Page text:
I once was having a really hard time in life, struggling to keep my head above metaphorical water between a string of life demands and social occasions I couldn't miss. And for several hours, when I was really feeling the stress, my mental MP3 player opted to play a particular playlist from the epilogue of a years-old D&D game. This playlist had been the "the game's done, you survived and succeeded, here's what happens afterwards" playlist. After thinking about it, I realized my brain was trying to comfort me and tell me to hang in there, because it was almost over.
I can sometimes get a sense for my moods based on what music is playing in my head. Usually it's not as obvious as the above example. As I said, I'm word-centric and a literalist in mentality, meaning that if the song has words, they probably feature first in terms of how I understand the music. So if the words in a song are about a particular subject, or sad overall, I can kind of assume that's why. Even with all that known, I mostly can't figure out why a particular song might be playing. I mostly just shrug at my mental soundtrack, noting what's playing but not understanding why it's playing. I have a lot left to learn on that front.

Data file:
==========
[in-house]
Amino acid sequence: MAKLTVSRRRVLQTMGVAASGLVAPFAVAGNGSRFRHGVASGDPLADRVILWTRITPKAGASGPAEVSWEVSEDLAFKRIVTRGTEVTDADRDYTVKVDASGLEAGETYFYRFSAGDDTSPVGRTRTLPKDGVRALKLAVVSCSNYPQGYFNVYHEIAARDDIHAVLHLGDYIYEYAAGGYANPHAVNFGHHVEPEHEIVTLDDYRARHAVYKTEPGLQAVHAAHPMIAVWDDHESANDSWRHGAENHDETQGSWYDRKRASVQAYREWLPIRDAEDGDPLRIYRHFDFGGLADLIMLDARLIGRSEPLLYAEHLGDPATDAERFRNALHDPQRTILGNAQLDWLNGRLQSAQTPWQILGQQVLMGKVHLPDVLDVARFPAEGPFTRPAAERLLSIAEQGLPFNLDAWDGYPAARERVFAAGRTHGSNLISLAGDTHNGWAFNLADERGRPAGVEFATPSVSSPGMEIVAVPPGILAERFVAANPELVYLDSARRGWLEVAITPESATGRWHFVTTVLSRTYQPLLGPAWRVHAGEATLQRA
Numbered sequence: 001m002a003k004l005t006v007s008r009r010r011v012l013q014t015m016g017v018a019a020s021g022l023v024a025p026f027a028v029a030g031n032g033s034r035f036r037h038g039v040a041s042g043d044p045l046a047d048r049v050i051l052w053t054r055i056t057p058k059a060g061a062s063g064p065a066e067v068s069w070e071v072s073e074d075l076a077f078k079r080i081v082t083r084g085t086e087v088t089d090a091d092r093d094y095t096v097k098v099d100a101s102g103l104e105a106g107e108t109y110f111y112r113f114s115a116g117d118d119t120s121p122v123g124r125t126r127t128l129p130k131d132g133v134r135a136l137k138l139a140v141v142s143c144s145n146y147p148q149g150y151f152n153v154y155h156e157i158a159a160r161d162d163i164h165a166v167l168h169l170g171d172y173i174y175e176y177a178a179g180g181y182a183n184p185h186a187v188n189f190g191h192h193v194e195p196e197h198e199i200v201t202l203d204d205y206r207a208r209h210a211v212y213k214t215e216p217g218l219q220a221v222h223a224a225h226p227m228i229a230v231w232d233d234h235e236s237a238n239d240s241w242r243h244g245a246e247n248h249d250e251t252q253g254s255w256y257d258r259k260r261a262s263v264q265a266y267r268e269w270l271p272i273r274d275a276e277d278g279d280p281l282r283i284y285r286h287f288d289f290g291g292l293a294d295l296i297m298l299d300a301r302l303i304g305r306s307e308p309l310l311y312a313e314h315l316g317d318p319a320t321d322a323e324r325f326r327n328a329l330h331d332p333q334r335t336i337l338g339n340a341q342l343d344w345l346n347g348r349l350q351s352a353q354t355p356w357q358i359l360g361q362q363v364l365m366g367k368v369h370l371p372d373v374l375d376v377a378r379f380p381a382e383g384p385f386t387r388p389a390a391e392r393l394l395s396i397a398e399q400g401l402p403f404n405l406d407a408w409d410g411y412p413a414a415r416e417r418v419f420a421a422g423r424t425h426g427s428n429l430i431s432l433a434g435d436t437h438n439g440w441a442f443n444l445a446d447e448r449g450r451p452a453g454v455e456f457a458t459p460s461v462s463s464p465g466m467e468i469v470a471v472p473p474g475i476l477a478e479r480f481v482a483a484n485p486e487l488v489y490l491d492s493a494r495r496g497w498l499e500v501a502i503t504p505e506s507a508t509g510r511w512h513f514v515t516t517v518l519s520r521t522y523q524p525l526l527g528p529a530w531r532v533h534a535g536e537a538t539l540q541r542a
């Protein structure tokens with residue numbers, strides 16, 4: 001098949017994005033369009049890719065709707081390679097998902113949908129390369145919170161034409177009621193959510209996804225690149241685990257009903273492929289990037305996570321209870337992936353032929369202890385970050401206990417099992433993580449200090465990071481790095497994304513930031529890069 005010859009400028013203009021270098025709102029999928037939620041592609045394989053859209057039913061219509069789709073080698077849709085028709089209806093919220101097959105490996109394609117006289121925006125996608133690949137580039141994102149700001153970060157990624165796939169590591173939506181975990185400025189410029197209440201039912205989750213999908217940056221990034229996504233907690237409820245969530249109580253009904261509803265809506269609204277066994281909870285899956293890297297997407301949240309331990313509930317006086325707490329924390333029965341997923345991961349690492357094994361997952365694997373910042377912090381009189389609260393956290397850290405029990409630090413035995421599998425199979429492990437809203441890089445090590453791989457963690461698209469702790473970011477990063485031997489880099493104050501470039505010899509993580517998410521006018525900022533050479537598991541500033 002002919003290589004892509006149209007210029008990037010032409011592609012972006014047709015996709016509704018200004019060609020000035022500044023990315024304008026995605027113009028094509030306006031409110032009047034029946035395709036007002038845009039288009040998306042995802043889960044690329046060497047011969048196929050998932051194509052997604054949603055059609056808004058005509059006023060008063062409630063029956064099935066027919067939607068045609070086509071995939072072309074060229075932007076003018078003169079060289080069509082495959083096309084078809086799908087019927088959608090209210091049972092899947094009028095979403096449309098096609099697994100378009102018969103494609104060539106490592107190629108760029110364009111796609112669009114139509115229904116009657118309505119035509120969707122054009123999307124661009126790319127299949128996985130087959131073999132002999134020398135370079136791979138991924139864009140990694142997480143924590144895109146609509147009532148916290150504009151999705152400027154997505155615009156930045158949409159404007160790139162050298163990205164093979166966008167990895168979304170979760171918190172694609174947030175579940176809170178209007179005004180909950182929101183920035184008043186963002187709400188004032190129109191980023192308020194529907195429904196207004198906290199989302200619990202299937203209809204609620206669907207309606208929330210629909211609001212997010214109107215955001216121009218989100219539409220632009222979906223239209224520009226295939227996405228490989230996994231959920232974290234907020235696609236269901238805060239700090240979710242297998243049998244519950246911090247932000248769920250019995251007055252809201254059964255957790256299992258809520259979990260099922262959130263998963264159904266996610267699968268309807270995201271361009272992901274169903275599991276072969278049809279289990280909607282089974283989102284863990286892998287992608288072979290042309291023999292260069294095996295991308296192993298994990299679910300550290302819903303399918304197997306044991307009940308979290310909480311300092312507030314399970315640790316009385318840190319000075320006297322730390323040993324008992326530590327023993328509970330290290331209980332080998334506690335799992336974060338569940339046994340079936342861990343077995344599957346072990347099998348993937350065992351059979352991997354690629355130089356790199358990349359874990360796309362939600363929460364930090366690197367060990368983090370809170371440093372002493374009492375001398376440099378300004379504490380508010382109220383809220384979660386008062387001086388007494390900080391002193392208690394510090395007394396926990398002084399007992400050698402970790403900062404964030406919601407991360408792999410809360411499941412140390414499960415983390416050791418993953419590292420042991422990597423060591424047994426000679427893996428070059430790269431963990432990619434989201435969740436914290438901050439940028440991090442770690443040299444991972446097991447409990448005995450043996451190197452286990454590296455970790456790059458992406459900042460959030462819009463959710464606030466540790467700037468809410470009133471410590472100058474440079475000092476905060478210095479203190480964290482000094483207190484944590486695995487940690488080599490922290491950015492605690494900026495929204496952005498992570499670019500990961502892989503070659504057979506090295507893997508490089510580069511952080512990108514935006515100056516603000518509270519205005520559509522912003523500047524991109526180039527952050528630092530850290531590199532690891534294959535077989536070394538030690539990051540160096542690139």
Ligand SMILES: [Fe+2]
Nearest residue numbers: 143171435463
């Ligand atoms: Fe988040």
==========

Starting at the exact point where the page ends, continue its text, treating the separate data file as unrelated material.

A Lifelong Effect
I have no doubts I wouldn't be the same person if music hadn't been so involved in my life. I wouldn't have been able to self-soothe in college so easily, which likely would have led to dropping out entirely. That's the easiest example.